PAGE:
I used the word “act” because you can never be sure whether what they are showing isn’t just an act. However, the vast majority of employees’ reactions are not an act, it is an accurate depiction of how they really feel. Most employees do not lie, quite often they tell you more than you need to know and more than is good for them. 

The following are some examples of generalizations about body language:

  • The body posture of truthful people is open, upright and comfortable.
  • The body posture of deceptive people is unnaturally rigid and erratic in its changes.
  • Truthful people tend to look at the person they are talking to longer than do deceptive people.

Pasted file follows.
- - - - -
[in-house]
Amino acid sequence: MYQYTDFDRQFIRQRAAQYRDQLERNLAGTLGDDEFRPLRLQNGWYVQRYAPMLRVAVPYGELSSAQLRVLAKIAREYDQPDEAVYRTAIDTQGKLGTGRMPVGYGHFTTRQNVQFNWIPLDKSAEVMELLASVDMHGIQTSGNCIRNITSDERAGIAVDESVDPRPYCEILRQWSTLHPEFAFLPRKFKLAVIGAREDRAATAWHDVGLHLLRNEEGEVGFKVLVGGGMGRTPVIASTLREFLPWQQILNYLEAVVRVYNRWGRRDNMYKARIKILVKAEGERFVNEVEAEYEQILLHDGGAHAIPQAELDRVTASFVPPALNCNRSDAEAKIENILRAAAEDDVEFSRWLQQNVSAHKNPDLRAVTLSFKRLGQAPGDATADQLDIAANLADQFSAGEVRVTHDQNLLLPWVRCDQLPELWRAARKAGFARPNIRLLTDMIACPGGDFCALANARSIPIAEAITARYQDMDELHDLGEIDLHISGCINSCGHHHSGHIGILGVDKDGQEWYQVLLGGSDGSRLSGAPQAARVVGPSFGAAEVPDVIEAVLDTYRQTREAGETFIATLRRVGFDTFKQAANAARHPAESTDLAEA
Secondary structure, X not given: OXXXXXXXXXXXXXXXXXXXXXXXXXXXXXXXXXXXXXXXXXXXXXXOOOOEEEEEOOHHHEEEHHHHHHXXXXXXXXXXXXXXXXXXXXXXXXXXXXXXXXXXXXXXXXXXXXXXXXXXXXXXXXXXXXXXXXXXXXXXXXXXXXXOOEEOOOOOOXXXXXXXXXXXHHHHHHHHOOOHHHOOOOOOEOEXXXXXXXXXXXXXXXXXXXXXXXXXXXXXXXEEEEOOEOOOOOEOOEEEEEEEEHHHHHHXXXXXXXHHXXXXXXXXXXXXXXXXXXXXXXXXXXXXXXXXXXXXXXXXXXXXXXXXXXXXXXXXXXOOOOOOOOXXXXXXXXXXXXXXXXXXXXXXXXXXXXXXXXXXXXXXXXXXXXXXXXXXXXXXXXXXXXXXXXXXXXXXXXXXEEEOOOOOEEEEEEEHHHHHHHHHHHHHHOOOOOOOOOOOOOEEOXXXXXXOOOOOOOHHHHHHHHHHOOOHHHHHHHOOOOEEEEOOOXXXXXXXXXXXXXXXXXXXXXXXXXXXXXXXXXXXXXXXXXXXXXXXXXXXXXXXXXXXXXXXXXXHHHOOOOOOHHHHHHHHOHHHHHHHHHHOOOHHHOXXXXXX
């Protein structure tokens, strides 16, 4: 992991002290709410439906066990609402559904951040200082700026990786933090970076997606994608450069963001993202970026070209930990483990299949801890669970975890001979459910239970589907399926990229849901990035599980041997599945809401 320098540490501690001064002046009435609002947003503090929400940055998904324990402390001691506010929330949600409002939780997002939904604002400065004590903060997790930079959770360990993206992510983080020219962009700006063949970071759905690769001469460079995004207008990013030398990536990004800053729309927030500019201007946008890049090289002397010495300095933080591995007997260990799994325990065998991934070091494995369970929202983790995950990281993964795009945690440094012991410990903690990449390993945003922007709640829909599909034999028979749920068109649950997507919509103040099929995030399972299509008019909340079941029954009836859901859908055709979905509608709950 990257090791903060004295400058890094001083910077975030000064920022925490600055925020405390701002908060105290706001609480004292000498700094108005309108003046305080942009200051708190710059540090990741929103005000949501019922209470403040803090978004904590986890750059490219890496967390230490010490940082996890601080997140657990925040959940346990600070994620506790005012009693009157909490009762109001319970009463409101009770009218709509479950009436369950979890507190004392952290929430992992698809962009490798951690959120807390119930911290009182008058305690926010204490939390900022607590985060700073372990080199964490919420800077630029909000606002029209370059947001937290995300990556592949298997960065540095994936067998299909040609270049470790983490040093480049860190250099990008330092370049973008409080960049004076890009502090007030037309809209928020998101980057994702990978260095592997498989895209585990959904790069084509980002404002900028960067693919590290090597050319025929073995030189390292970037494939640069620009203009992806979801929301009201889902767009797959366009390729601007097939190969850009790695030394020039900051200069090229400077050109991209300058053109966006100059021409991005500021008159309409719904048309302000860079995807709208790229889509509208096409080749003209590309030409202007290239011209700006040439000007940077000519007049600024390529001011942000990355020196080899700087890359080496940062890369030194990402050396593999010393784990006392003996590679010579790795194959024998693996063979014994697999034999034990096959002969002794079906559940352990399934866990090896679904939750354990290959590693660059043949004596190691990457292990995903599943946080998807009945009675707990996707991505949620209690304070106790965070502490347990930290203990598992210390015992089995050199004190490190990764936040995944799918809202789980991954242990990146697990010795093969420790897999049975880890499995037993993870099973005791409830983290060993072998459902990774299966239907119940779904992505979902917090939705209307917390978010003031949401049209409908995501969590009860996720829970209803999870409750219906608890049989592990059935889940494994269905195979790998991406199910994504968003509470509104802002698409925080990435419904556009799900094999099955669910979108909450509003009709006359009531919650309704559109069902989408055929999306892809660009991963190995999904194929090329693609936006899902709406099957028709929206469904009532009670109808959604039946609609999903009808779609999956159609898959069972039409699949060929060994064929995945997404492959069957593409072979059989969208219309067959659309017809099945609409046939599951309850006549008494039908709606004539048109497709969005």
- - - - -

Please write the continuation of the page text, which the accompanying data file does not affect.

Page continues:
• The expression of fear is more likely to be an expression of guilt. 

The following are some examples of generalizations about verbal patterns:

  • Truthful people generally answer specific questions with direct and spontaneous answers.
  • Deceptive people tend to deny their wrongdoing(s) specifically while truthful persons will deny the problem in general.
  • Deceptive people may evade the answer by talking off the subject. 

These generalizations are just that, generalizations. You can‘t take them to the bank and rely solely on them in making a decision. However, they give you information to assist you in forming an overall opinion of the truthfulness of an employee. If you consider both the factors described above and the body language and verbal patterns of an employee you are in a much better position to come up with the right answer about whether you are being lied to by an employee. 

About the Author

Joe Swerdzewski, former General Counsel of the FLRA & owner of JSA LLC is the author of The Essential Guide to Federal Labor Relations, A Guide to Successful Federal Sector Collective Bargaining, etc. For more info on JSA’s services, email or subscribe to JSA’s newsletter.